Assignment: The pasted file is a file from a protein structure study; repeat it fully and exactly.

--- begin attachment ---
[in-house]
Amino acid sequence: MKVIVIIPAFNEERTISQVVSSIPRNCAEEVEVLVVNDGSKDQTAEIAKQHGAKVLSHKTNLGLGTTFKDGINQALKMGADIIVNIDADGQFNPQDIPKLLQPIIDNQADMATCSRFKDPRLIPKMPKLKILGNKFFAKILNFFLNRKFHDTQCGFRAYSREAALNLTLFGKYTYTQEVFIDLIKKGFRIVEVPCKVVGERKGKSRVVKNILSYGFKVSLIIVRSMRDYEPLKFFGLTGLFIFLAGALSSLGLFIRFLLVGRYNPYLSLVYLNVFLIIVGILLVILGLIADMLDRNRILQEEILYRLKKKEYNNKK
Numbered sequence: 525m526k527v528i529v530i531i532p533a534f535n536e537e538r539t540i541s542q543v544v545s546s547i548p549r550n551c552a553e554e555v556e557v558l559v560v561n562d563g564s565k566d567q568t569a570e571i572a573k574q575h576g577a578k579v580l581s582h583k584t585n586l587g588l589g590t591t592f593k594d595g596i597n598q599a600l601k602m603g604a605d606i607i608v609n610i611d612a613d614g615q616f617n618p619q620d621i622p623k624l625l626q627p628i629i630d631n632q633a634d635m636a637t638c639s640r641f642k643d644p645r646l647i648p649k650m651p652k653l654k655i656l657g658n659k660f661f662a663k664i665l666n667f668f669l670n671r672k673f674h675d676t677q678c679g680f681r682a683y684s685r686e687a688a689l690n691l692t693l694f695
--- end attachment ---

[in-house]
Amino acid sequence: MKVIVIIPAFNEERTISQVVSSIPRNCAEEVEVLVVNDGSKDQTAEIAKQHGAKVLSHKTNLGLGTTFKDGINQALKMGADIIVNIDADGQFNPQDIPKLLQPIIDNQADMATCSRFKDPRLIPKMPKLKILGNKFFAKILNFFLNRKFHDTQCGFRAYSREAALNLTLFGKYTYTQEVFIDLIKKGFRIVEVPCKVVGERKGKSRVVKNILSYGFKVSLIIVRSMRDYEPLKFFGLTGLFIFLAGALSSLGLFIRFLLVGRYNPYLSLVYLNVFLIIVGILLVILGLIADMLDRNRILQEEILYRLKKKEYNNKK
Numbered sequence: 525m526k527v528i529v530i531i532p533a534f535n536e537e538r539t540i541s542q543v544v545s546s547i548p549r550n551c552a553e554e555v556e557v558l559v560v561n562d563g564s565k566d567q568t569a570e571i572a573k574q575h576g577a578k579v580l581s582h583k584t585n586l587g588l589g590t591t592f593k594d595g596i597n598q599a600l601k602m603g604a605d606i607i608v609n610i611d612a613d614g615q616f617n618p619q620d621i622p623k624l625l626q627p628i629i630d631n632q633a634d635m636a637t638c639s640r641f642k643d644p645r646l647i648p649k650m651p652k653l654k655i656l657g658n659k660f661f662a663k664i665l666n667f668f669l670n671r672k673f674h675d676t677q678c679g680f681r682a683y684s685r686e687a688a689l690n691l692t693l694f695